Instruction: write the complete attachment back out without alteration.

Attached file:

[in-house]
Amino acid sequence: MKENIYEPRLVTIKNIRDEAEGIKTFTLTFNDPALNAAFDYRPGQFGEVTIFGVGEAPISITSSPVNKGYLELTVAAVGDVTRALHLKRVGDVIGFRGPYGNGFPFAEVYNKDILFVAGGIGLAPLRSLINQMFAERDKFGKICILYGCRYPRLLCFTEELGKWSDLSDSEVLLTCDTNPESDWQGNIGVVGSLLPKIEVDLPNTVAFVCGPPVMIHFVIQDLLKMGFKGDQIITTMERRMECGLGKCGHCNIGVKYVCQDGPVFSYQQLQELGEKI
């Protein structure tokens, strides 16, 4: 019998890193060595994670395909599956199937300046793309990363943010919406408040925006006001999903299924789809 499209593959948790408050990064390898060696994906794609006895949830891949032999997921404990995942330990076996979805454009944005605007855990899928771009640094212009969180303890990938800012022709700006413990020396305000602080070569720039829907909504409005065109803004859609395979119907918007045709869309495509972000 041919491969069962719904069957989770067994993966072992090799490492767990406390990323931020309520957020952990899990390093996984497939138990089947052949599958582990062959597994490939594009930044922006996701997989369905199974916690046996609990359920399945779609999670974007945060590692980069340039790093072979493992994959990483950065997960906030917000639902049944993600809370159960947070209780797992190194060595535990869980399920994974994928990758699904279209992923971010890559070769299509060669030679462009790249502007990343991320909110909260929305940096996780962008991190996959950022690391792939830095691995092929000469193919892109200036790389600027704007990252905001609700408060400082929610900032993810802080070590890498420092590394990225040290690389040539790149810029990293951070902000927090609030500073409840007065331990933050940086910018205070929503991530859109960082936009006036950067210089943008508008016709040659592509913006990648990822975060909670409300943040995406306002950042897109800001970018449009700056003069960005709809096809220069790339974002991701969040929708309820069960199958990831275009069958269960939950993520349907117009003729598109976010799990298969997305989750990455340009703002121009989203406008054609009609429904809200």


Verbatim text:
[in-house]
Amino acid sequence: MKENIYEPRLVTIKNIRDEAEGIKTFTLTFNDPALNAAFDYRPGQFGEVTIFGVGEAPISITSSPVNKGYLELTVAAVGDVTRALHLKRVGDVIGFRGPYGNGFPFAEVYNKDILFVAGGIGLAPLRSLINQMFAERDKFGKICILYGCRYPRLLCFTEELGKWSDLSDSEVLLTCDTNPESDWQGNIGVVGSLLPKIEVDLPNTVAFVCGPPVMIHFVIQDLLKMGFKGDQIITTMERRMECGLGKCGHCNIGVKYVCQDGPVFSYQQLQELGEKI
């Protein structure tokens, strides 16, 4: 019998890193060595994670395909599956199937300046793309990363943010919406408040925006006001999903299924789809 499209593959948790408050990064390898060696994906794609006895949830891949032999997921404990995942330990076996979805454009944005605007855990899928771009640094212009969180303890990938800012022709700006413990020396305000602080070569720039829907909504409005065109803004859609395979119907918007045709869309495509972000 041919491969069962719904069957989770067994993966072992090799490492767990406390990323931020309520957020952990899990390093996984497939138990089947052949599958582990062959597994490939594009930044922006996701997989369905199974916690046996609990359920399945779609999670974007945060590692980069340039790093072979493992994959990483950065997960906030917000639902049944993600809370159960947070209780797992190194060595535990869980399920994974994928990758699904279209992923971010890559070769299509060669030679462009790249502007990343991320909110909260929305940096996780962008991190996959950022690391792939830095691995092929000469193919892109200036790389600027704007990252905001609700408060400082929610900032993810802080070590890498420092590394990225040290690389040539790149810029990293951070902000927090609030500073409840007065331990933050940086910018205070929503991530859109960082936009006036950067210089943008508008016709040659592509913006990648990822975060909670409300943040995406306002950042897109800001970018449009700056003069960005709809096809220069790339974002991701969040929708309820069960199958990831275009069958269960939950993520349907117009003729598109976010799990298969997305989750990455340009703002121009989203406008054609009609429904809200």